Don’t believe the positive 2017 U.S. and global hotel forecasts you’ve been reading. Rather, be prepared, for the worst is yet to come.
As the weeks move on, occupancy continues to be negative as it has for most of the year. Recent numbers show a decline of 1.5%, and revenue per available room continues well below the levels projected by all the pundits at the Americas Lodging Investment Summit and the NYU International Hospitality Industry Investment Conference.
It is surely not the “Golden Age,” nor the sweet spot for hotels espoused by many. It is about time everyone admitted the reality that the hotel industry peaked in 2015. Although RevPAR is up a little, inflation for items not including energy and food is up 2.2%, so real RevPAR is barely up at all. Just as important, net revenue after online travel agency fees and other commissions is down to 82.8% from 83.2%.
It is reported that outside of New York and Houston, U.S. hotels are doing well, but we need to look at what that is compared to. Is it compared to the period from 2009 to 2012? On an inflation-adjusted basis compared to 2007 they are doing a little better, but values are declining now; so again, on an inflation-adjusted basis it is not clear values are higher than they were in 2007. Transaction volume has declined materially, and lenders and investors are far more cautious and dubious of the future for hotels.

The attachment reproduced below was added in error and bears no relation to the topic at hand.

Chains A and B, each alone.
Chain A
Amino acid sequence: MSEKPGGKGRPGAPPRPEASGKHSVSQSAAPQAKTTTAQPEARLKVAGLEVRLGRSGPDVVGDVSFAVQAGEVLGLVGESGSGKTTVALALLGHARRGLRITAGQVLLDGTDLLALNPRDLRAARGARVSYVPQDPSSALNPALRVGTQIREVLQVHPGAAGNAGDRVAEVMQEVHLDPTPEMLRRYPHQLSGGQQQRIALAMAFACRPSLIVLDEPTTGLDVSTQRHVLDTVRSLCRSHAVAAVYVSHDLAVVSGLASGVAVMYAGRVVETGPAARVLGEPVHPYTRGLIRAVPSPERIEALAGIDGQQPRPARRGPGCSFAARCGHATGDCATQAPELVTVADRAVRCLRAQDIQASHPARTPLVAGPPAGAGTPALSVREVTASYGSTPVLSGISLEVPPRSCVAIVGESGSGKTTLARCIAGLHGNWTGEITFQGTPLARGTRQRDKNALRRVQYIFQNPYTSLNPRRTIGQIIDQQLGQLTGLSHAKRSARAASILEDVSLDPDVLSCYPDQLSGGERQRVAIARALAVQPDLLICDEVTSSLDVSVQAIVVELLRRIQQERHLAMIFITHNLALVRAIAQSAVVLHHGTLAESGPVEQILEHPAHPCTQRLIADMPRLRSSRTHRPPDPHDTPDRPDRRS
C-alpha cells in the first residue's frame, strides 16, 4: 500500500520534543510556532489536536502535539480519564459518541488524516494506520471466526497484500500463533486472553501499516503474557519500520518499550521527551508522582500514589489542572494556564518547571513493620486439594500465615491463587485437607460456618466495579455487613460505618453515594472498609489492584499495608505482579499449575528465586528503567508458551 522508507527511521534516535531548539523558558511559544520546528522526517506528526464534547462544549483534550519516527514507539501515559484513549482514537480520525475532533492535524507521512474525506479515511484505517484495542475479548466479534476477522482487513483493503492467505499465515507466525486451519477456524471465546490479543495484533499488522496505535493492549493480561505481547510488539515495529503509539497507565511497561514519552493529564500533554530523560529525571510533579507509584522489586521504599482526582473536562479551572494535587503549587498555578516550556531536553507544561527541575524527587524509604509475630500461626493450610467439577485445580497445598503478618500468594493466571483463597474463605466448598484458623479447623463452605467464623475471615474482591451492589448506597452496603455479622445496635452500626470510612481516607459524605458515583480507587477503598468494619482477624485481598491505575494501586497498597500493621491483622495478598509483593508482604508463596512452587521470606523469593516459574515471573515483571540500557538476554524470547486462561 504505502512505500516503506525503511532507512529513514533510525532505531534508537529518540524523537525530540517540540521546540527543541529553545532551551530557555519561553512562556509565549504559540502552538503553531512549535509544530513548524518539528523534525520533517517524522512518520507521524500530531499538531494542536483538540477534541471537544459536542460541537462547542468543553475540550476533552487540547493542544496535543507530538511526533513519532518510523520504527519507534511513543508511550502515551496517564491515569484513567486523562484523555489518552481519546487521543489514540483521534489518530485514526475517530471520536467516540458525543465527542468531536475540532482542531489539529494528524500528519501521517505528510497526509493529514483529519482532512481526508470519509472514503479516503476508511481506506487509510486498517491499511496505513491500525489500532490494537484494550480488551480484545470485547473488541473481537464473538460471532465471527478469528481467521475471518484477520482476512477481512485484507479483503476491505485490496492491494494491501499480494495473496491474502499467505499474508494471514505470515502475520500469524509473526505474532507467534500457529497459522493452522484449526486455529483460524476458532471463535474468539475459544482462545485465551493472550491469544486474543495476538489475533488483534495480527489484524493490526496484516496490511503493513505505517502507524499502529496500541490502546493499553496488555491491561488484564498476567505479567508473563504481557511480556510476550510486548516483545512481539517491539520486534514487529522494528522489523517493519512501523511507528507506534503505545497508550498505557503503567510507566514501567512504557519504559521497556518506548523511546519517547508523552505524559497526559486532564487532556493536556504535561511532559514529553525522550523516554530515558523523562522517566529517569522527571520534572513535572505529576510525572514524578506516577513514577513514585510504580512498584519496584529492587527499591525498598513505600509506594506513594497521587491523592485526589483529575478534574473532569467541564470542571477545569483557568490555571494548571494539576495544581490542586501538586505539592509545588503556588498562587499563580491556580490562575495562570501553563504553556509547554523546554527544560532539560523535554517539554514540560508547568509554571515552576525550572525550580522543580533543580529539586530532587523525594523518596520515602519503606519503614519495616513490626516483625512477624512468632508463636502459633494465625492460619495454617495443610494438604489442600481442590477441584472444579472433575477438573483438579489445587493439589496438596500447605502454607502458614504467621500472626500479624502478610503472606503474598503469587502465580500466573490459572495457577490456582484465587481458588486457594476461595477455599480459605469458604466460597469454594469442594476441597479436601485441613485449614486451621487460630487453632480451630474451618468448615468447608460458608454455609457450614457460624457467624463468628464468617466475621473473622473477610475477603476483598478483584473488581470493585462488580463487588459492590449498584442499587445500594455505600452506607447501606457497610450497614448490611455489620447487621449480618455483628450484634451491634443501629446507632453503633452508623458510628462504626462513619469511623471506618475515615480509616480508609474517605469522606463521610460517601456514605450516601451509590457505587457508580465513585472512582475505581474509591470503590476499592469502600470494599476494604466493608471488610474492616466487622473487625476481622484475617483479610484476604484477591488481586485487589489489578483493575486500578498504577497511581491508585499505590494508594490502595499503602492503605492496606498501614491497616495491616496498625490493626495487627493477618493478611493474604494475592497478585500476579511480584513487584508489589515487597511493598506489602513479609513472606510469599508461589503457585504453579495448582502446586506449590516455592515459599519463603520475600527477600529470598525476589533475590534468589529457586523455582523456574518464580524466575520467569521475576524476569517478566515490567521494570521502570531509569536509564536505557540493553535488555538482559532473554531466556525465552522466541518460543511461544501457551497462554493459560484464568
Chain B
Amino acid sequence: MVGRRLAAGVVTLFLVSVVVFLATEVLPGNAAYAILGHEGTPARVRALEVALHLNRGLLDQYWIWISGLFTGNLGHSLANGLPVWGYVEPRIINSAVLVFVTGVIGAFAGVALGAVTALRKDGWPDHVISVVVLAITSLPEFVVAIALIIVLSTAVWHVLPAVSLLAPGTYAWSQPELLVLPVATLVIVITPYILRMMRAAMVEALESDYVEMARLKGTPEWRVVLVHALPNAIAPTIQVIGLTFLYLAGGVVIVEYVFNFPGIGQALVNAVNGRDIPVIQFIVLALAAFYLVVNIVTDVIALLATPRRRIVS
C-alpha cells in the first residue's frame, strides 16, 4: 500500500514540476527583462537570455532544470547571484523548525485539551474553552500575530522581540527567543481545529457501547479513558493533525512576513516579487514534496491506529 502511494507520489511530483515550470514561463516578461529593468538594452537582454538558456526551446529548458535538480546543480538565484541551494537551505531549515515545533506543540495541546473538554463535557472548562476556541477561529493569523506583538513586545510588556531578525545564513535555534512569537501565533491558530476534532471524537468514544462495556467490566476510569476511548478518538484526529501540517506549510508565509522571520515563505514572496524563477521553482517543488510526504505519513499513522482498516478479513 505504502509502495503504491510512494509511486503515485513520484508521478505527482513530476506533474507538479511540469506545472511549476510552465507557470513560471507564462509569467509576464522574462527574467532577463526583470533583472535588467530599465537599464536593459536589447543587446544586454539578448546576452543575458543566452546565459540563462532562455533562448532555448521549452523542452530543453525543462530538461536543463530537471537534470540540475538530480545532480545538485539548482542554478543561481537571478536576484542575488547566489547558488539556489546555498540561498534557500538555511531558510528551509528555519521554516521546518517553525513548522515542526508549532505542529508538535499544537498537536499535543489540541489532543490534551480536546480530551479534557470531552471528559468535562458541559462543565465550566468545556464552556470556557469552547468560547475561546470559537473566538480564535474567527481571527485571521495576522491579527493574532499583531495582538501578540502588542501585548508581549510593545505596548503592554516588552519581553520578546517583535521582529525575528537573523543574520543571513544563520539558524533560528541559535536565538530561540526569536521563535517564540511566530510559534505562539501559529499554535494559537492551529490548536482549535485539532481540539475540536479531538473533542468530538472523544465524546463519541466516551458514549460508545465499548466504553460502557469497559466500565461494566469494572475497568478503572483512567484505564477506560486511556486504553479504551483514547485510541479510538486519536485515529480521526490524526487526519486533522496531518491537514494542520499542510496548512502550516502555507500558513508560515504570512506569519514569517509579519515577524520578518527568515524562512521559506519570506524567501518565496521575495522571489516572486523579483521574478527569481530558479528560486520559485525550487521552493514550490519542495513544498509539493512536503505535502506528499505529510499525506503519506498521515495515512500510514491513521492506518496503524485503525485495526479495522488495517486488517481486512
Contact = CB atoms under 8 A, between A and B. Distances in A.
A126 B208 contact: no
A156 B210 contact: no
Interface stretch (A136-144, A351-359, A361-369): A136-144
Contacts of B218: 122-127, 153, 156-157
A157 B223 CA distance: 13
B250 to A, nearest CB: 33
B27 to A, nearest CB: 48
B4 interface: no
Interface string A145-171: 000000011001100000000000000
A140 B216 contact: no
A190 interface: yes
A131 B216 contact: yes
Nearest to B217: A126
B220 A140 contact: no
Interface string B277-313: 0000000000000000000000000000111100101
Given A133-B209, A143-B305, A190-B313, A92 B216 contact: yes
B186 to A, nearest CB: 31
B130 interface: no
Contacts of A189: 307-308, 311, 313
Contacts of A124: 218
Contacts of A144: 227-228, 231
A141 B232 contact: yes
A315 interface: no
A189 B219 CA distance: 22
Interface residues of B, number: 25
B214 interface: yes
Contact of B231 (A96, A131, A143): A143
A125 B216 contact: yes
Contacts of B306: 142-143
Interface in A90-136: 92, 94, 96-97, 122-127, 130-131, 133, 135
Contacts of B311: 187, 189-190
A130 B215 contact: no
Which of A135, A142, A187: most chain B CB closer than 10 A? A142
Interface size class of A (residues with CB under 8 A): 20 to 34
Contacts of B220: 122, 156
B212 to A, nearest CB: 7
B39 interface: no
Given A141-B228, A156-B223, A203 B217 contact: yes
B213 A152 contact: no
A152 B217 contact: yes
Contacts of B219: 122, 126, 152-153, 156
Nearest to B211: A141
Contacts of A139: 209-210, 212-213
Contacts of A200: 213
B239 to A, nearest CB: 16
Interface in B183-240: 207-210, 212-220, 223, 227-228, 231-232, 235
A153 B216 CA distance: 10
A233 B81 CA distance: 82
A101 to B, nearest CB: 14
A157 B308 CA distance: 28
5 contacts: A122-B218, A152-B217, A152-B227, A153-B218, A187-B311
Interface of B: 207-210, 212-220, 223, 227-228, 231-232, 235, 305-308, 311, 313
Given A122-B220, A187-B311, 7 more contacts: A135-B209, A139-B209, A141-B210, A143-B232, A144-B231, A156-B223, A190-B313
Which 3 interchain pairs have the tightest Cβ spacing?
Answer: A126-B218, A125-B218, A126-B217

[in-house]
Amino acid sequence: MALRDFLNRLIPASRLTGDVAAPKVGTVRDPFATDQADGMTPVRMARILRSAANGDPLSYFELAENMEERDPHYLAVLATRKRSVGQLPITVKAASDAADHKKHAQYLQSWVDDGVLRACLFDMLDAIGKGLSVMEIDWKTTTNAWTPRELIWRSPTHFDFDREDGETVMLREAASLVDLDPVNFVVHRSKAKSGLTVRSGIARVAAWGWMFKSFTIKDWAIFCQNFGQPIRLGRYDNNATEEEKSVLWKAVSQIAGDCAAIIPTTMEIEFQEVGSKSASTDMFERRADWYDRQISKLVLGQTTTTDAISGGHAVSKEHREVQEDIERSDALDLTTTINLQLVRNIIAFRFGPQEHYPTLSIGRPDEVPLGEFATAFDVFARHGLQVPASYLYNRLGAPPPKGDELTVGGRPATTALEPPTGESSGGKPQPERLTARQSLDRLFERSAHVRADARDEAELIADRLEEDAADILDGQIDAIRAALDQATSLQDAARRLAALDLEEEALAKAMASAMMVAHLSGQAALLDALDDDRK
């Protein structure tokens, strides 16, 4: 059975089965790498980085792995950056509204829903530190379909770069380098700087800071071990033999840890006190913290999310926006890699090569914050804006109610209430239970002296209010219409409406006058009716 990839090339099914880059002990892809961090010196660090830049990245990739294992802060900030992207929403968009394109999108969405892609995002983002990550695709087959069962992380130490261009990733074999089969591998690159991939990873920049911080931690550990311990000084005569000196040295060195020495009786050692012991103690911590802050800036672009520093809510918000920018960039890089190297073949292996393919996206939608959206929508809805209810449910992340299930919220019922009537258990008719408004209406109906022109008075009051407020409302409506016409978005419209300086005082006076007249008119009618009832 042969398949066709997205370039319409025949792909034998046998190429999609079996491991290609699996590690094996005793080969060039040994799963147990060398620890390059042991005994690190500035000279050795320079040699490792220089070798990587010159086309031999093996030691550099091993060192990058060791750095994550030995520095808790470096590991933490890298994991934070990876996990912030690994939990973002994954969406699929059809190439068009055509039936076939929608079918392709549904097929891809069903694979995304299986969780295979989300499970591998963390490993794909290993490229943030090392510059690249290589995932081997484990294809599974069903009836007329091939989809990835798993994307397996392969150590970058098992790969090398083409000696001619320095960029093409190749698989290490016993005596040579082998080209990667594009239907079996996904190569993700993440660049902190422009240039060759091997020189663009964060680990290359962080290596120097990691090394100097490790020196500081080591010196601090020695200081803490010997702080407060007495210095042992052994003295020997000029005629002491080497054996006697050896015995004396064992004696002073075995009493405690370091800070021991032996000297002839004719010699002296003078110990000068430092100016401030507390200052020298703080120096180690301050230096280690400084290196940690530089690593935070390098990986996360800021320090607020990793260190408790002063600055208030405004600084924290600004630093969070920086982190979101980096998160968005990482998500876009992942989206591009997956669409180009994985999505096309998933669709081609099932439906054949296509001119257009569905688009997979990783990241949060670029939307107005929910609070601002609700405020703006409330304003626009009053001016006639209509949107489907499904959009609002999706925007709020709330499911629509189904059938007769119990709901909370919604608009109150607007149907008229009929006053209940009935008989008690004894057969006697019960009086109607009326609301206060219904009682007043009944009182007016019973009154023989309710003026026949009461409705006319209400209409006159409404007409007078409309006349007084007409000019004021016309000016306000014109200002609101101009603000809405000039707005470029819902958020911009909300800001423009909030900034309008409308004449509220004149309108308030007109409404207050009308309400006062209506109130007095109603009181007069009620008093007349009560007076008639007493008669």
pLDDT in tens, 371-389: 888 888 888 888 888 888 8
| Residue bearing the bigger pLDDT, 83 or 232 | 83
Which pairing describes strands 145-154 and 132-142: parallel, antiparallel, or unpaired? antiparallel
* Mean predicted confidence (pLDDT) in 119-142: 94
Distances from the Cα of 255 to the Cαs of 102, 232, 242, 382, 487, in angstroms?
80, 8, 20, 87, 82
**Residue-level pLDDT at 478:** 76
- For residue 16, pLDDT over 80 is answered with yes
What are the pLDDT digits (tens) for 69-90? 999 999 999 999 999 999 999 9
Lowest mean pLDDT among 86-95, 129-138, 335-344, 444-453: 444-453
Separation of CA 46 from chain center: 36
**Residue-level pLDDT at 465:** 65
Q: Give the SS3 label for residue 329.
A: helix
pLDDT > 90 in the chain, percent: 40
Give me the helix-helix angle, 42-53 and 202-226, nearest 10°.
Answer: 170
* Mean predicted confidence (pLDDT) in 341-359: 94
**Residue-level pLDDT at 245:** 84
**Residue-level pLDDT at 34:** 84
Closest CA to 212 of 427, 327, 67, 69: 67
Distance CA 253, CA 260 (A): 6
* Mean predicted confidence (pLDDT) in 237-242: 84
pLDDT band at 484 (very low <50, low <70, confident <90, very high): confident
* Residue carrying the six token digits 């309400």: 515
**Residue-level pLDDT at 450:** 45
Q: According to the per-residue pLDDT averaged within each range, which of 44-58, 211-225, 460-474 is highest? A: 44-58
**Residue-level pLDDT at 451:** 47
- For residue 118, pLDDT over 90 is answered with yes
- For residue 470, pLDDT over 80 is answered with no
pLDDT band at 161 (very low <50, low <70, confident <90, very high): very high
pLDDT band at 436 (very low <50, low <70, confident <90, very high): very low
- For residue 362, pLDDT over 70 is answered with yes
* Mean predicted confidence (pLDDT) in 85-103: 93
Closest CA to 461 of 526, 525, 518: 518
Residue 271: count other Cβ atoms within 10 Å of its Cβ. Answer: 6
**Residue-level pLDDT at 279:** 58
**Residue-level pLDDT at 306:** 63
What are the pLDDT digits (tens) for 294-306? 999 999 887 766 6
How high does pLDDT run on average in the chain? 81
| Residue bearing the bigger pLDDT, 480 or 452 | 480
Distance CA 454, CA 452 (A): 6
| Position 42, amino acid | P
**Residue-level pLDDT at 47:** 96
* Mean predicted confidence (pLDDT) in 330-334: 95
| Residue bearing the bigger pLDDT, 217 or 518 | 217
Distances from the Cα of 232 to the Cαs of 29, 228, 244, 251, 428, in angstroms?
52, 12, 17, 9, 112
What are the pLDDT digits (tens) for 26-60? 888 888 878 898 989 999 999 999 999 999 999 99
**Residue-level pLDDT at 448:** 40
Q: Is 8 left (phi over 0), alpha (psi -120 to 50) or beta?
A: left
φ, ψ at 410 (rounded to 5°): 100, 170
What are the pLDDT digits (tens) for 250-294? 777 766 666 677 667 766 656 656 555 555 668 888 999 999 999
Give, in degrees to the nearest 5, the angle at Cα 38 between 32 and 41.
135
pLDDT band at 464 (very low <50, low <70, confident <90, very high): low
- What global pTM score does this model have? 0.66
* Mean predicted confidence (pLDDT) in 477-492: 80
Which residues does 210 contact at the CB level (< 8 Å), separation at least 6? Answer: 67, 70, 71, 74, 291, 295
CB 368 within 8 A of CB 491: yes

Some who wish to make things sound better than they really are will cite unemployment numbers, jobs numbers and conclude that all is great. Here’s a reality check: While the headline numbers for unemployment sound good, the real unemployment number as used by economists is the U6 number, which is still above 9%. The participation rate is still near the 40-year low.